This blog focuses on issues and solutions to racism, culture, cultural difference(s), and social injustice(s) for Black and Hispanic students as they develop in families, schools, and communities. RACE (Racism, Achievement, Change, Equity) is a forum for exposing injustices, but also sharing stories, examples, practices, ideas, theories, models, and research for change.

Archive for July, 2013

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POVERTY is increasing and so harmful

POVERTY is increasing and so harmful

The United States has the second-highest child poverty rate among the world’s richest 35 nations, and the cost in economic and educational outcomes is half a trillion dollars a year, according to a new report by the Educational Testing Service.

The report, called “Poverty and Education, Finding the Way Forward,” says that 22 percent of the nation’s children live in relative poverty, with only Romania having a higher rate in the group of 35 nations. (Next are Latvia, Bulgaria, Spain, Greece, Italy, Lithuania, Japan and Portugal, it says; the country with the lowest child poverty rate is Iceland, and the second lowest is Finland.) The report notes, though, that the official U.S. poverty rate is incomplete, and that other data show that 48 percent of the population had incomes in 2011 that are considered inadequate or not livable. (Relative poverty rates refer to people with incomes below 50 percent of the poverty threshold.)

It is estimated that the economic and educational effects amount to some $500 billion a year, the report says. Compared with children whose families had incomes of at least twice the poverty line during their early childhood, poor children:

*completed two fewer years of school
*earned less than half as much money
*worked 451 fewer hours per year
*received $826 per year more in food stamps
*were nearly three times as likely to have poor health

Furthermore, poor males were twice as likely to get arrested and poor females were five times more likely to have a child out of wedlock.

There are big differences in educational outcomes as well, the report said:

Education has been envisioned as the great equalizer, able to mitigate the effects of poverty on children by equipping them with the knowledge and skills they need to lead successful and productive lives. Unfortunately, this promise has been more myth than reality. Despite some periods of progress, the achievement gap between white and black students remains substantial (Barton & Coley, 2010). Yet today, income has surpassed race/ethnicity as the great divider. Income-related achievement gaps have continued to grow as the gap between the richest and poorest American families has surged. As researcher Sean Reardon of Stanford University explained recently in The New York Times: ‘We have moved from a society in the 1950s and 1960s, in which race was more consequential than family income, to one today in which family income appears more determinative of educational success than race’ (Tavernise, 2012, para 4)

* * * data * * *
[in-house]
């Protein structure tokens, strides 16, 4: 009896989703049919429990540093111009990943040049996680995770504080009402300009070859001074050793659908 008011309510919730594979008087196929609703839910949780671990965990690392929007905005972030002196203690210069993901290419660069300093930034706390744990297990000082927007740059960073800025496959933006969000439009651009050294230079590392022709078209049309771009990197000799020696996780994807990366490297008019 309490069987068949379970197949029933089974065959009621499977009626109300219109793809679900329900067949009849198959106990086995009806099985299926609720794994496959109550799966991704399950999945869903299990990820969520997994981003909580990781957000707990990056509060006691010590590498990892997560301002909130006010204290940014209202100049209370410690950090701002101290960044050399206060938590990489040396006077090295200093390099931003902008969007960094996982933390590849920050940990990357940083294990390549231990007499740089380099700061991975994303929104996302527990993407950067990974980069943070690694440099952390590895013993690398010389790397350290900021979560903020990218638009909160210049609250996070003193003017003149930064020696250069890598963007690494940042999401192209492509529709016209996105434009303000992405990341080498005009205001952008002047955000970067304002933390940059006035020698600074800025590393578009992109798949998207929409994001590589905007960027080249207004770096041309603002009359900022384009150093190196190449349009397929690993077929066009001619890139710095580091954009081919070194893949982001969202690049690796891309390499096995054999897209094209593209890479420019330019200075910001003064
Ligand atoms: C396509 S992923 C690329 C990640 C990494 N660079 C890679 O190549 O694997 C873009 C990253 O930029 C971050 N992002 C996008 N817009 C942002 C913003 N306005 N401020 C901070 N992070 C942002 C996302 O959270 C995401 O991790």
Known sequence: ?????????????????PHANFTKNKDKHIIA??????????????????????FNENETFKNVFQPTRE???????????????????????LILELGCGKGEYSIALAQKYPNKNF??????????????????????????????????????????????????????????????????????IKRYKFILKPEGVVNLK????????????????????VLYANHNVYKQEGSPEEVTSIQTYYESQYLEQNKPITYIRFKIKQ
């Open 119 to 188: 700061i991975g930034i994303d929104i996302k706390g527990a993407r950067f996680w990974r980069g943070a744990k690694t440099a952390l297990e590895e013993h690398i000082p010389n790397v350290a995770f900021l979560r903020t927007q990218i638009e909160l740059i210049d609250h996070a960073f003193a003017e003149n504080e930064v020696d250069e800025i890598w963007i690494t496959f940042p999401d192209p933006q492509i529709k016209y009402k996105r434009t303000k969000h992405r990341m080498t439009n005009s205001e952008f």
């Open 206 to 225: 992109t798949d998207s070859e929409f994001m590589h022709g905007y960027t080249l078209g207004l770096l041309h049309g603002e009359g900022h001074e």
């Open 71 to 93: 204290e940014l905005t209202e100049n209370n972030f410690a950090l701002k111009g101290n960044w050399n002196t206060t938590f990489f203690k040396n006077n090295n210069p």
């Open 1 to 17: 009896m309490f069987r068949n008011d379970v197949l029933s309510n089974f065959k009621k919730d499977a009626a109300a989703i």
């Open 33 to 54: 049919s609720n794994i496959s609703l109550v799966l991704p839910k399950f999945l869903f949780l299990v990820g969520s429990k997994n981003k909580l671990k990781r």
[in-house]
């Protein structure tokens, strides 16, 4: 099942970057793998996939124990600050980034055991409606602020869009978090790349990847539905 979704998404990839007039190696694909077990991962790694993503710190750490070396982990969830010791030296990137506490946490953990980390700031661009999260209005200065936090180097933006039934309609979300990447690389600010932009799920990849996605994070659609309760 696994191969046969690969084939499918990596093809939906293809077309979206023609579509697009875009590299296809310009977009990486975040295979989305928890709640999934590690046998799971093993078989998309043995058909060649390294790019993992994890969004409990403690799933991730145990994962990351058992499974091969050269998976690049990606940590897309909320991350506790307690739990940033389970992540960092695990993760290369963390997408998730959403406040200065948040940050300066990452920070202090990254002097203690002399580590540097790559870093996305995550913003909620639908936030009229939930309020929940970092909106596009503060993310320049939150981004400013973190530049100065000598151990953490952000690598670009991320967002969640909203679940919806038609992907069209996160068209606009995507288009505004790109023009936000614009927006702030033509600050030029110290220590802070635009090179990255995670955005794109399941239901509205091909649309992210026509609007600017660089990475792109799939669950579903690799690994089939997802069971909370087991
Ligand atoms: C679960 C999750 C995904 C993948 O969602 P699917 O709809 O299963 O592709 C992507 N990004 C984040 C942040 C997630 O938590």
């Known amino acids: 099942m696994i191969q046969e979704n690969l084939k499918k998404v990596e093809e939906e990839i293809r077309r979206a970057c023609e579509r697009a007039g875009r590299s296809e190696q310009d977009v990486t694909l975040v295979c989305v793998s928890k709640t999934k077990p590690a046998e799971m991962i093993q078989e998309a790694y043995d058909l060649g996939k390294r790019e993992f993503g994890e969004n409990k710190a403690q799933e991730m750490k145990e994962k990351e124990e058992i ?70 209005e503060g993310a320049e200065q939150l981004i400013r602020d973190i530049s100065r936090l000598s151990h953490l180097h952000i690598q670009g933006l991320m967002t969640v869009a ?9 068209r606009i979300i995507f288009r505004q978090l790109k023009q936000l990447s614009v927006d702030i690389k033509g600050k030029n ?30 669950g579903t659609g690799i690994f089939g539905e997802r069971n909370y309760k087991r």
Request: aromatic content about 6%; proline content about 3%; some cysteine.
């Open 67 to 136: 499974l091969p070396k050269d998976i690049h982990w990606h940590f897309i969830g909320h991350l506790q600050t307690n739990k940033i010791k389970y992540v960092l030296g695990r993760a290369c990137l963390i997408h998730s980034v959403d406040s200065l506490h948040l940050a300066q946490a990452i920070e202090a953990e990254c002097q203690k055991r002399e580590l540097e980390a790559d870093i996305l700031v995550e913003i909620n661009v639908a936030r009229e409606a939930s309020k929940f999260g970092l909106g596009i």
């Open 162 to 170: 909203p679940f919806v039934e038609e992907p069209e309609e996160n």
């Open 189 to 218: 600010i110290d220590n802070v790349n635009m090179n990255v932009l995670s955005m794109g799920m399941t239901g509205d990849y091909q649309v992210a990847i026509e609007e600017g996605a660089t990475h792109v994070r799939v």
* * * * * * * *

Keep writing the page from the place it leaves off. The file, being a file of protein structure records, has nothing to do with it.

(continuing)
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Einstein — The humanitarian

Einstein — The humanitarian

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Black students on White campus — cultural identity

Black students on White campus — cultural identity

Interesting article on racial/cultural identity challenges. The challenge is real not just for students but also faculty.

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Strategies for Trayvon Martin: Social Justice and Action

Strategies for Trayvon Martin: Social Justice and Action

http://www.racismreview.com/blog/2013/07/25/justice-for-trayvon-actions-you-can-take/?fb_action_ids=520814274651364&fb_action_types=og.likes&fb_source=aggregation&fb_aggregation_id=288381481237582

Aside

http://www.huffingtonpost.com/patricia-leavy-phd/i-dont-see-race-an-open-d_b_3643865.html?utm_content=buffer440a0&utm_source=buffer&utm_medium=twitter&utm_campaign=Buffer

 

Trayvon Martin Op-ed: An open letter to my unborn son

http://thegrio.com/2013/07/25/ohe following commentary appeared Thursday on MSNBC’s The Cycle, as guest host Angela Rye closed the show with her thoughts on the killing of Trayvon Martin, and what it means for African-American boys.

Dear son,

I imagine that as I look at your face for the first time, I will see the hope of your great future and the promise of your purpose on earth.

But as I write you today, I am angry … saddened even, because I cannot provide for you the world that you absolutely deserve.

The impetus for this letter is a not guilty verdict in the Trayvon martin case, a black boy just like you.

For all the world to see, it became okay to shoot and kill unarmed black boys.

Is this more troubling than black on black violence, particularly among youth?

No, contrary to popular belief in some communities and on some extreme television shows, so many throughout the country work diligently to resolve black on black violence. But what this verdict did is remove an additional layer protection of the law… something that you unequivocally deserve.

I was prepared to tell you about the subtle challenges you may face, I was not prepared to have you experience the same type of racism, prejudice, and ignorance as your forefathers did and I believed, already conquered.  You will stand on the shoulders of great black men within the community and more specifically, in our family.